And, unfortunately, not nearly enough was done in the Obama years to push back against this nonsense. I’m being hard on Republicans, but Democrats have been way too accommodating to the whackjobs for lo these many years. That’s got to stop.

Mr. Ivanka, Trump’s pea-brained son-in-law, has set up what’s being called a “shadow task force” in the White House that is tasked with improving testing and health care delivery. He’s pulled together random people from private industry — officials from UPS and FedEx, for example — with some of his allies in government to work independently of everyone else in Washington and otherwise be in the way. Mr. Ivanka wants to bring “an entrepreneurial approach” to the pandemic crisis. Seriously, he said that.

Kushner defended his role in an interview, saying his team’s goal was to bring “an entrepreneurial approach” to the crisis.

“We’re getting things done in record speeds and are doing everything possible to avoid damage and mitigate the negative impacts,” Kushner said. “In America, some of our best resources are in our private sector. The federal government is not designed to solve all our problems; a lot of the muscle is in the private sector and there’s also a lot of smart people.”

Recalling what an absolute mess Mr. Ivanka has made of the Israeli-Palestinian conflict, I’d say we’re doomed. Kushner’s entrepreneurs are mostly causing chaos, according to WaPo. Senior officials say they are confused by all the emails they get from private industry employees connected to Kushner’s team, and they worry that the shadow people aren’t following government security protocols. “We don’t know who these people are,” one senior official said.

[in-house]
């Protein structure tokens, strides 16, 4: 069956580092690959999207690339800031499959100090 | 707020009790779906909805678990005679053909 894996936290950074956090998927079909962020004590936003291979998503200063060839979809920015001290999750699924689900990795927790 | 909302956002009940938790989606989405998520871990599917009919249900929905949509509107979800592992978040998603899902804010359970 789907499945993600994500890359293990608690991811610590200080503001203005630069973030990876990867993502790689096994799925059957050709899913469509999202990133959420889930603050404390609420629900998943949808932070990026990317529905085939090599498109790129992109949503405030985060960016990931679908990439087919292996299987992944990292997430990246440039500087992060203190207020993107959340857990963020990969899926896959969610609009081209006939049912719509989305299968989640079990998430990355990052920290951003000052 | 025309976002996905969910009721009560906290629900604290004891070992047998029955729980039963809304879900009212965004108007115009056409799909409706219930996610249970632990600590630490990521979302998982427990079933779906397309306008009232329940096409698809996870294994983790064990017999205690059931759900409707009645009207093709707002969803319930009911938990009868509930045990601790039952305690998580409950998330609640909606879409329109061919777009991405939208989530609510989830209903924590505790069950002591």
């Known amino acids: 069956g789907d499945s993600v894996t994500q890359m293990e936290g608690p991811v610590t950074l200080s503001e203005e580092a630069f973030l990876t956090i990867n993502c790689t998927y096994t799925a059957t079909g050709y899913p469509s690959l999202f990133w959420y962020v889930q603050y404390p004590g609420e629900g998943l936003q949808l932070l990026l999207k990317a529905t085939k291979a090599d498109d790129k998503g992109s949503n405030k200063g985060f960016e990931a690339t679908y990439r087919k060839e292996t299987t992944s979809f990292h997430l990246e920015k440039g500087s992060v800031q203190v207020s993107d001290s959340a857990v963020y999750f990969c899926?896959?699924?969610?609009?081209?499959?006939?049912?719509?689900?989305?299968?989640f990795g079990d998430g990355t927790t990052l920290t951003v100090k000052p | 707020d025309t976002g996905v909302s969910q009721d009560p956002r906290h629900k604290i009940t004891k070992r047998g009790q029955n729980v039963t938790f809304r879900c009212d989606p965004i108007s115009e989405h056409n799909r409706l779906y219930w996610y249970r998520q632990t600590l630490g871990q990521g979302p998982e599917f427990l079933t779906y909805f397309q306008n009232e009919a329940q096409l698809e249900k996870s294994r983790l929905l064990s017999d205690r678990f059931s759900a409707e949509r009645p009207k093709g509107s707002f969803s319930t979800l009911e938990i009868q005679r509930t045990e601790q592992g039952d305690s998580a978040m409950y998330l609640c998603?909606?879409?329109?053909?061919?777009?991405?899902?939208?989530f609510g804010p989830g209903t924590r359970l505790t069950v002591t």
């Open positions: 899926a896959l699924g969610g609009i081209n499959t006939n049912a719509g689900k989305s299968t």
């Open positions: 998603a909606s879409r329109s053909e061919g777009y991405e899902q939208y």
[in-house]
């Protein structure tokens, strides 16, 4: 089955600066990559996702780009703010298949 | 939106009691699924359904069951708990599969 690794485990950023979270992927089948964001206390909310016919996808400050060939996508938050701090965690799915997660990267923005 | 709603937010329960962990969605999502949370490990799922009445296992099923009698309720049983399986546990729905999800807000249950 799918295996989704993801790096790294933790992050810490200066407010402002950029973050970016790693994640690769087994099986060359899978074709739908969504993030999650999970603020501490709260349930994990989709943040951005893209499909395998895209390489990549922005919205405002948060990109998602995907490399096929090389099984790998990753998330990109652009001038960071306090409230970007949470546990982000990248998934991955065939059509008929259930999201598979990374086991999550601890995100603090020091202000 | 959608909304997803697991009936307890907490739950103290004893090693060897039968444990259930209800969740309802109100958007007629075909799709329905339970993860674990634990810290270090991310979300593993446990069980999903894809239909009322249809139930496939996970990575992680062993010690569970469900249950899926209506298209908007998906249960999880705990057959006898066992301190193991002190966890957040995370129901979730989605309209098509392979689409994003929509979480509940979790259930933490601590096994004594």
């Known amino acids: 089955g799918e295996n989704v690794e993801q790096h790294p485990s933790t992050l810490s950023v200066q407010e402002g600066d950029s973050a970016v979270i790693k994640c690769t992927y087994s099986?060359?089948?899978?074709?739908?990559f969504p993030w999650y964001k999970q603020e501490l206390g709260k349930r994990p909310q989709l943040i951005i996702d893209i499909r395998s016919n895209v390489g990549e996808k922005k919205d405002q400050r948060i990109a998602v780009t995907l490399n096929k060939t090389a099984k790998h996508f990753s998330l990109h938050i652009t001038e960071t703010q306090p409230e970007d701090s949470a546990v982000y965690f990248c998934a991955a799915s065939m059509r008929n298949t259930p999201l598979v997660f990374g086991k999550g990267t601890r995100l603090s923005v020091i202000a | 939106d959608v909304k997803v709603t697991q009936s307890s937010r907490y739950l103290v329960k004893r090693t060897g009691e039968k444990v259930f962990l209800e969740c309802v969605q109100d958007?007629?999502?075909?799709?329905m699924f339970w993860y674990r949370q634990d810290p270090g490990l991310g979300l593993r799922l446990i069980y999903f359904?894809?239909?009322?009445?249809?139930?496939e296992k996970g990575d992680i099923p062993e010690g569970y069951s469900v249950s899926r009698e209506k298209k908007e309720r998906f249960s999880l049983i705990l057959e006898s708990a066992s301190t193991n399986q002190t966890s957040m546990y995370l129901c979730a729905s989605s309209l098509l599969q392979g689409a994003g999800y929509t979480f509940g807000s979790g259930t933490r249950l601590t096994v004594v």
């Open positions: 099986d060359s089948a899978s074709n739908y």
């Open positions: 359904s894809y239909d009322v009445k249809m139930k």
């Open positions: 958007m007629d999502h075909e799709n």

Kushner said, “The federal government is not designed to solve all our problems.” Not all problems, of course, but in times past it has done a damn good job addressing problems that were beyond the scope of for-profit private enterprise. But 40 years of Reaganite government-is-the-problem politics have left us with a useless, incompetent federal government and many state governments that are just as bad.

The hapless Max Boot, once a full-throated supporter of George W. Bush and the use of U.S. troops to spread good ol’ hairy-chested American hegemony, by damn, seems to see the world differently now. In The coronavirus shows how backward the United States has become, he writes,